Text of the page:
Luciano responded with information on threats they were monitoring. Rumours of an Are We Cool Yet? collective forming in Leith region of Edinburgh, and radiation fluctuations occurring down the prime meridian. Nothing on the group primarily playing on Helen's mind. They went through the meeting at pace, editing their working practices in places to better suit Luciano's approach. Helen was far more accommodating than usual, which was, she was willing to admit, an attempt at pure sycophancy. They reached the end of their agenda, and Luciano went to move their discussion to a close. Helen braced herself, and spoke up:

"One more thing."

This is it. Last time for us to back out of this.

"We need to talk about The Foundation."

Frank leaned forward in his seat, maintaining direct eye contact with her, "I'm assuming you're not referring to your own organisation here. What about The Foundation?"

"They're lying to you."

Frank was slow to respond. Helen's words hung silently in the air for a few seconds.

"I'm not quite sure what reaction you expect from me here. They're The Foundation, we're the UIU. Of course they're lying to us! We're lying to them! It's business as usual on that front."

Helen opened her briefcase, and pulled out three manila folders, one with a red sticker, two with a yellow, as she responded to him. "That all goes without saying. Yet your concern should not relate to if they're lying to you, but what they're lying about. Our understanding is that, three years ago, the UIU entered into a new data sharing arrangement with The Foundation. In return for unprecedented access to your records, you'd gain access to all but the most highly classified entries in their central database. But what they're giving you is rubbish."

She passed the folders across the table and continued, "compare these to what's been shared with you." Agent Luciano started to read through Helen's material: a very real, very worrying Foundation database entry in the red folder, and two very fake entries which Helen had created herself prior to this meeting. A thought ran through her head - Hedge your risk. She pointed to the red folder, "we're certain of this document's veracity, we've validated it in a number of ways. It should provide a very interesting alternative explanation to the incident you had to deal with in Chesapeake earlier this year. I was sorry to hear about the Bureau's losses." Next, she pointed to the yellow folders. "These two, we're not so sure of. They came from the same source, but contain some details we've been unable to independently confirm."

They sat in silence as Frank scanned through all three files, before calmly addressing their content, "I'd need to take these away, verify them through our own protocols. It's not that I distrust you, but you know how it is - I'm assuming there's no point in asking for the source of these?" Helen nodded in response, and Frank continued, "then, as I sit here now, for all I know someone's playing a prank on you. Again, no offense."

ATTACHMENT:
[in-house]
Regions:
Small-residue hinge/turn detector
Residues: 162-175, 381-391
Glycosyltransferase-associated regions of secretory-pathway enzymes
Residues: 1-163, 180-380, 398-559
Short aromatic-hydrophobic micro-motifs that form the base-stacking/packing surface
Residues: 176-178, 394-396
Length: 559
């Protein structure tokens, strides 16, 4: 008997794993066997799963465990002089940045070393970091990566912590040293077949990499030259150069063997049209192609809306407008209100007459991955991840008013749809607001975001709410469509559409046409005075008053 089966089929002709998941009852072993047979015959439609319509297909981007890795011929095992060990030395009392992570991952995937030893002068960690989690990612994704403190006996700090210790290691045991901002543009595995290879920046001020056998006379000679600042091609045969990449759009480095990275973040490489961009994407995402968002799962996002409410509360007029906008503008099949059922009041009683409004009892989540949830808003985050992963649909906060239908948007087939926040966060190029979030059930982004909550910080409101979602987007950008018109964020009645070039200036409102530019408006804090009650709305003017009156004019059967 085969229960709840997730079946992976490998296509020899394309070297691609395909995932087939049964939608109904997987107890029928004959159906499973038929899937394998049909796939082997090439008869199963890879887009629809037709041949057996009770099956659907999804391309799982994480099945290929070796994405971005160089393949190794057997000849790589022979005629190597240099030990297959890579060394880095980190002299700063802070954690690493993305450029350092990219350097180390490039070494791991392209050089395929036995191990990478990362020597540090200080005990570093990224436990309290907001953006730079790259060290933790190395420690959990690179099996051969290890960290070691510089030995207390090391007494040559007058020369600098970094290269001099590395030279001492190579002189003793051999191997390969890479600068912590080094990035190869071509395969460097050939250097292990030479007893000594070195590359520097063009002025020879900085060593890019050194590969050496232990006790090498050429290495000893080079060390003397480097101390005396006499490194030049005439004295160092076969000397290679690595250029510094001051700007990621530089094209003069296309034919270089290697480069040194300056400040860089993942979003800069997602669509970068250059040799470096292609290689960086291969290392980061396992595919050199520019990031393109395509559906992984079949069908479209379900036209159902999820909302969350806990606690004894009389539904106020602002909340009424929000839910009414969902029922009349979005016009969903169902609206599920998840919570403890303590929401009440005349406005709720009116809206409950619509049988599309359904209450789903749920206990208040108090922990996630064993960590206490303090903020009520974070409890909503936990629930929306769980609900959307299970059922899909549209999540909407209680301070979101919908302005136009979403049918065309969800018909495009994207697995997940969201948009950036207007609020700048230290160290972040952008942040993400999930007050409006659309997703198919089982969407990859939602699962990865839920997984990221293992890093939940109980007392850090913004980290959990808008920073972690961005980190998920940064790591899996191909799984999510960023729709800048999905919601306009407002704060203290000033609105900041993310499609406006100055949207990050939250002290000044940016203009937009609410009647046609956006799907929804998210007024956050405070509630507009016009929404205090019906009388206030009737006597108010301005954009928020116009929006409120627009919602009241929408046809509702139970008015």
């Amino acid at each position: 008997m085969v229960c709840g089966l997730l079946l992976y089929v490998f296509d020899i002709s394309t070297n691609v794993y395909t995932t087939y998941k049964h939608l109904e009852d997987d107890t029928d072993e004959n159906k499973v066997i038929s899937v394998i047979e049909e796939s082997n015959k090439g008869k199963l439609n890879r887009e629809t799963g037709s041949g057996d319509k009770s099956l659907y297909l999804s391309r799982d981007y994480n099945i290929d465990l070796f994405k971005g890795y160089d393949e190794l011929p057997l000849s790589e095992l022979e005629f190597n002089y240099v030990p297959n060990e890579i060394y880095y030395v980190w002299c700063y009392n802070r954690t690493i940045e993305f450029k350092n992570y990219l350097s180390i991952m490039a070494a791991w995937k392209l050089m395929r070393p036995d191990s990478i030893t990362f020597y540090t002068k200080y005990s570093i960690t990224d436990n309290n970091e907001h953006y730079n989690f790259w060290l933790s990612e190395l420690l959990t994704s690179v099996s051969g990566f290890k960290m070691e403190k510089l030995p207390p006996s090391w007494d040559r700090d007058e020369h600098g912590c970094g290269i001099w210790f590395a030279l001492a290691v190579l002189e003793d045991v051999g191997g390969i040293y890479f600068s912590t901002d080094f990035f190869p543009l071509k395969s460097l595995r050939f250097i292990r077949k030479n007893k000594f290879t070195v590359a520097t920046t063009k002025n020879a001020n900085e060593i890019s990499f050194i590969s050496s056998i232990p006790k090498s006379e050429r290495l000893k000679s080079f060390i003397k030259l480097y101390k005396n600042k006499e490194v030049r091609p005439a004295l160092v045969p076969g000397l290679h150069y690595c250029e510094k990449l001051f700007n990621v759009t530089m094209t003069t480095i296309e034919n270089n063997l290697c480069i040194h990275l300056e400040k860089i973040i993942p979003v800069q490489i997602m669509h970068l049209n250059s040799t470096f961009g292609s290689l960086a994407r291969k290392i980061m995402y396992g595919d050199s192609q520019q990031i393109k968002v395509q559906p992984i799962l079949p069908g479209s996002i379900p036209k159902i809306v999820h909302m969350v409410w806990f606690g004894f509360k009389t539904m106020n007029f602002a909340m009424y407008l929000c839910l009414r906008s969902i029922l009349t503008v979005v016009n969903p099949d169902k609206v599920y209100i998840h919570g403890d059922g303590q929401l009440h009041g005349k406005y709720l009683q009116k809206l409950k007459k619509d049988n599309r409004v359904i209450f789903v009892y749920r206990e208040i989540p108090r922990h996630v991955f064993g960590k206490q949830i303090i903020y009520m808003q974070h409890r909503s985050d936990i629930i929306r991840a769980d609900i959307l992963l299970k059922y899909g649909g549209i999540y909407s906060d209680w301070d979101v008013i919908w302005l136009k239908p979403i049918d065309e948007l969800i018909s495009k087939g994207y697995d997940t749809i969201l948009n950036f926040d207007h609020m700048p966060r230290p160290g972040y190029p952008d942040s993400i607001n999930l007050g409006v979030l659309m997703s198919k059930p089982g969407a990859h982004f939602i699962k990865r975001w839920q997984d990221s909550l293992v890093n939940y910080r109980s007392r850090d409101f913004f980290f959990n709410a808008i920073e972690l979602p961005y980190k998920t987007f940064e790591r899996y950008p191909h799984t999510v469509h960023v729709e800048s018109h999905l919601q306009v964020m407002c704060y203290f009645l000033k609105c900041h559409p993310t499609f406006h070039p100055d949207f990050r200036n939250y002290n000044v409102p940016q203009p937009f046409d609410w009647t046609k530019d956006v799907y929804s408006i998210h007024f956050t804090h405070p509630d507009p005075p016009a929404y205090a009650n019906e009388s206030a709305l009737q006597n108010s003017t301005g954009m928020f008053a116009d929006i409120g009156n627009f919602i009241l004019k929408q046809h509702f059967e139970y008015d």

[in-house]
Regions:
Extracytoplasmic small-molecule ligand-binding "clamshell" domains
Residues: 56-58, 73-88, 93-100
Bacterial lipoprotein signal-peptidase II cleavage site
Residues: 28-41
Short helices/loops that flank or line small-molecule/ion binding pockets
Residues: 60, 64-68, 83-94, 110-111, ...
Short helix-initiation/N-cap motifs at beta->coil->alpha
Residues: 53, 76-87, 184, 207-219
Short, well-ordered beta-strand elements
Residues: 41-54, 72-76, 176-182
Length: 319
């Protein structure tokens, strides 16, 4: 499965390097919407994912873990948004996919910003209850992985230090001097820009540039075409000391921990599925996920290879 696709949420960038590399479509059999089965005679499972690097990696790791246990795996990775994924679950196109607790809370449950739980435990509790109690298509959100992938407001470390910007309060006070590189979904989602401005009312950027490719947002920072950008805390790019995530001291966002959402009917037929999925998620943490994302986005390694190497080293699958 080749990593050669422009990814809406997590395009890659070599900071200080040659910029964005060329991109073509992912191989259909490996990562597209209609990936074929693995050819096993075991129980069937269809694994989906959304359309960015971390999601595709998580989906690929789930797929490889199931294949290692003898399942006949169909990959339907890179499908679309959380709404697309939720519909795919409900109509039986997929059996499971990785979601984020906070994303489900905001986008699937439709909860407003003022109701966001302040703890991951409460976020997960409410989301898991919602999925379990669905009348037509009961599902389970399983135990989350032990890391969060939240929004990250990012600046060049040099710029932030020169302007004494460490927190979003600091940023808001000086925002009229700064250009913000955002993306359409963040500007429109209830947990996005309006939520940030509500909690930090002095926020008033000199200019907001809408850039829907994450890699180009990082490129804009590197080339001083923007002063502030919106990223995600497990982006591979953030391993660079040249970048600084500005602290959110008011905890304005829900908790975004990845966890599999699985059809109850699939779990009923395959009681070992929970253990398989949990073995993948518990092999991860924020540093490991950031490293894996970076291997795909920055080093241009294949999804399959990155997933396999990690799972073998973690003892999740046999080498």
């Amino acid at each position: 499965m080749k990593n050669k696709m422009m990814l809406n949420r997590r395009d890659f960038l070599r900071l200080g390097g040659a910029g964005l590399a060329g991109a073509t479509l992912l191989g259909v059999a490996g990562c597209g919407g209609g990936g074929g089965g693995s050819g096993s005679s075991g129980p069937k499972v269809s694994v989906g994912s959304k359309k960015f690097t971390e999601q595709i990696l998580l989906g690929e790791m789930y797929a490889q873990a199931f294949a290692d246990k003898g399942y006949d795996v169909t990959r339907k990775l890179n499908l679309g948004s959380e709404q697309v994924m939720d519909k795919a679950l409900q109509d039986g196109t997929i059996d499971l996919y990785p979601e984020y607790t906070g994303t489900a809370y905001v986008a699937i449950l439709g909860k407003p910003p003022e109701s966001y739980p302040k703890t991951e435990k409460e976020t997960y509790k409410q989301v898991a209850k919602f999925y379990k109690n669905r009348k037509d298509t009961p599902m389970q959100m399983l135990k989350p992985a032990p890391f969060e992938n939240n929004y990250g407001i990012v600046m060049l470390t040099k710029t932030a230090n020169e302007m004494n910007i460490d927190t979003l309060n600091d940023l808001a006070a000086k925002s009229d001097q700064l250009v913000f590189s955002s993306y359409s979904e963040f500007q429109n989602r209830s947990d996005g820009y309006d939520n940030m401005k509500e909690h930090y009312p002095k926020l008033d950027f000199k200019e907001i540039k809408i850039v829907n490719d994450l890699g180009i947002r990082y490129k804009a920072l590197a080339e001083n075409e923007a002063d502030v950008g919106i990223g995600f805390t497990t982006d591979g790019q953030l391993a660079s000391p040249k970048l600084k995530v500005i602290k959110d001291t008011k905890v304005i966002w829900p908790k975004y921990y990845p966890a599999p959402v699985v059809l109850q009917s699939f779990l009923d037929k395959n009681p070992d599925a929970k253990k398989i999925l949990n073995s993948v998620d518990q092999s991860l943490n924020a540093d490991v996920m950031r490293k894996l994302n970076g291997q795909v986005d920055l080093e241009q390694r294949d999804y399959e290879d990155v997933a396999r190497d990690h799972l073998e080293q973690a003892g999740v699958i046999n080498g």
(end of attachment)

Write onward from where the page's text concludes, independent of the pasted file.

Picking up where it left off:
"None taken," Helen smiled back. None taken indeed. Frank was good, he had played this whole encounter as cool as one could, but Helen had spied something as he read through the genuine article - a twinge of concern, a slight curl of his upper right lip. He was too good an agent to assume the file was real, but the extent of The Foundation's deception it outlined was too large to ignore. A seed of doubt had been planted.

"There's more," Helen continued, "as the UIU have, MI13 have worked with The Foundation on numerous cases before - but we're beginning to question the extent to which they're… suitable partners nowadays. It's not just the deception." Helen gestured to the folders. "As you said - that's our business, it's par for the course. But we've seen a worrying trend in our dealings with them recently. More and more, the paranormal seems to have become an integral part of them. Anomalies intrinsically linked to The Foundation, based around it. The last time I worked with them, they showed up with a bunch of magicians, they called them… oh what was it -"

"Thaumaturgists?" For a second, Helen was concerned it had come from Dhiraj or Alan, but no - it was from Agent Keaton, the first thing Luciano's subordinate had said all meeting.

"Yes, that!" Helen pressed on, secure in the knowledge that the UIU agents knew what she was speaking of - she hoped Luciano would not be too harsh on him later. "Maybe it's nothing. Maybe it's paranoia on my part. Yet I can't help but be concerned that something is… wrong at The Foundation's core."

"I thought The Foundation and Her Majesty's Foundation were close - wasn't it founded by a bunch of your alumni?"

"That's not strictly true, and it was a long time ago. Things have developed since then."

"Hmm… then what are you suggesting we do about this?"

"Nothing. Not directly. But we need to be able to stand alone, on our own two feet. We, both MI13 and the UIU, have been too reliant on The Foundation for too long to take care of the larger problems. That needs to change. Recently, I've been under political pressure to cede some of our operations to them, to let them take over some of our bases, our objects. That's going to come to you too soon. Yet if we work together, unite, we can stave this off. A rekindled Special Relationship."